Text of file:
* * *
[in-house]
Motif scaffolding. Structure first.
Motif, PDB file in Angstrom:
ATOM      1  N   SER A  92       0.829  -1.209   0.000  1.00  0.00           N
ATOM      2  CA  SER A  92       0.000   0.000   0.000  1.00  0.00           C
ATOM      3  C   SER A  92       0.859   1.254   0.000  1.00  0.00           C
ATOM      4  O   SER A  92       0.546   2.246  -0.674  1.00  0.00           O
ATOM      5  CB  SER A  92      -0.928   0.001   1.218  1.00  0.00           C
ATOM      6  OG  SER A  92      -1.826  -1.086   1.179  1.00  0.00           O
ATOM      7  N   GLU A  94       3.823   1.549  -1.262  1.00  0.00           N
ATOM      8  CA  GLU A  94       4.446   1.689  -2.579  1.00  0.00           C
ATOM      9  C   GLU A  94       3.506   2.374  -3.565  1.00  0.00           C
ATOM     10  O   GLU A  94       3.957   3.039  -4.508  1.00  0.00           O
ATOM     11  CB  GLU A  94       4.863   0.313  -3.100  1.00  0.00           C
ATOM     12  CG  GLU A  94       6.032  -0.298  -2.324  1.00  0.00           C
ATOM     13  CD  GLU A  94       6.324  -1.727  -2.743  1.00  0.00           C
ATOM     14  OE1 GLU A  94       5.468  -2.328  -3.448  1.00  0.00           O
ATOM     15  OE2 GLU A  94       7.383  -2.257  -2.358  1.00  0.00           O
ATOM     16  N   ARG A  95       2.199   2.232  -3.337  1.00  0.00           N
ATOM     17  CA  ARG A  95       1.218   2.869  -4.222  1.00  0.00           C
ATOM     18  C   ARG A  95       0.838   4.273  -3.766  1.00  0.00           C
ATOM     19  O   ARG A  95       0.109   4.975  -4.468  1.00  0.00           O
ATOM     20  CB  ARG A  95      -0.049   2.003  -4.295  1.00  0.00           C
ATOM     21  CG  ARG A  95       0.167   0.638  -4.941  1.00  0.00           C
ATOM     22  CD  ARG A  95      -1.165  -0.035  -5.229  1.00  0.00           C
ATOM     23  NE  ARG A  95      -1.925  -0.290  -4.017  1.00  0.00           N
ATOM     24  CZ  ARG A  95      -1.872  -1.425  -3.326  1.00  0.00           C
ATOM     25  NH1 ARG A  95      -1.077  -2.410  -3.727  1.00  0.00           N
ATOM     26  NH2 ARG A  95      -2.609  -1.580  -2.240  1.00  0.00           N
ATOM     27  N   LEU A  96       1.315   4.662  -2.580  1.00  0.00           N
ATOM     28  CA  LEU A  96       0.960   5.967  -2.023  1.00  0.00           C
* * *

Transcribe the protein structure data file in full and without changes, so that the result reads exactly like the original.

[in-house]
Motif scaffolding. Structure first.
Motif, PDB file in Angstrom:
ATOM      1  N   SER A  92       0.829  -1.209   0.000  1.00  0.00           N
ATOM      2  CA  SER A  92       0.000   0.000   0.000  1.00  0.00           C
ATOM      3  C   SER A  92       0.859   1.254   0.000  1.00  0.00           C
ATOM      4  O   SER A  92       0.546   2.246  -0.674  1.00  0.00           O
ATOM      5  CB  SER A  92      -0.928   0.001   1.218  1.00  0.00           C
ATOM      6  OG  SER A  92      -1.826  -1.086   1.179  1.00  0.00           O
ATOM      7  N   GLU A  94       3.823   1.549  -1.262  1.00  0.00           N
ATOM      8  CA  GLU A  94       4.446   1.689  -2.579  1.00  0.00           C
ATOM      9  C   GLU A  94       3.506   2.374  -3.565  1.00  0.00           C
ATOM     10  O   GLU A  94       3.957   3.039  -4.508  1.00  0.00           O
ATOM     11  CB  GLU A  94       4.863   0.313  -3.100  1.00  0.00           C
ATOM     12  CG  GLU A  94       6.032  -0.298  -2.324  1.00  0.00           C
ATOM     13  CD  GLU A  94       6.324  -1.727  -2.743  1.00  0.00           C
ATOM     14  OE1 GLU A  94       5.468  -2.328  -3.448  1.00  0.00           O
ATOM     15  OE2 GLU A  94       7.383  -2.257  -2.358  1.00  0.00           O
ATOM     16  N   ARG A  95       2.199   2.232  -3.337  1.00  0.00           N
ATOM     17  CA  ARG A  95       1.218   2.869  -4.222  1.00  0.00           C
ATOM     18  C   ARG A  95       0.838   4.273  -3.766  1.00  0.00           C
ATOM     19  O   ARG A  95       0.109   4.975  -4.468  1.00  0.00           O
ATOM     20  CB  ARG A  95      -0.049   2.003  -4.295  1.00  0.00           C
ATOM     21  CG  ARG A  95       0.167   0.638  -4.941  1.00  0.00           C
ATOM     22  CD  ARG A  95      -1.165  -0.035  -5.229  1.00  0.00           C
ATOM     23  NE  ARG A  95      -1.925  -0.290  -4.017  1.00  0.00           N
ATOM     24  CZ  ARG A  95      -1.872  -1.425  -3.326  1.00  0.00           C
ATOM     25  NH1 ARG A  95      -1.077  -2.410  -3.727  1.00  0.00           N
ATOM     26  NH2 ARG A  95      -2.609  -1.580  -2.240  1.00  0.00           N
ATOM     27  N   LEU A  96       1.315   4.662  -2.580  1.00  0.00           N
ATOM     28  CA  LEU A  96       0.960   5.967  -2.023  1.00  0.00           C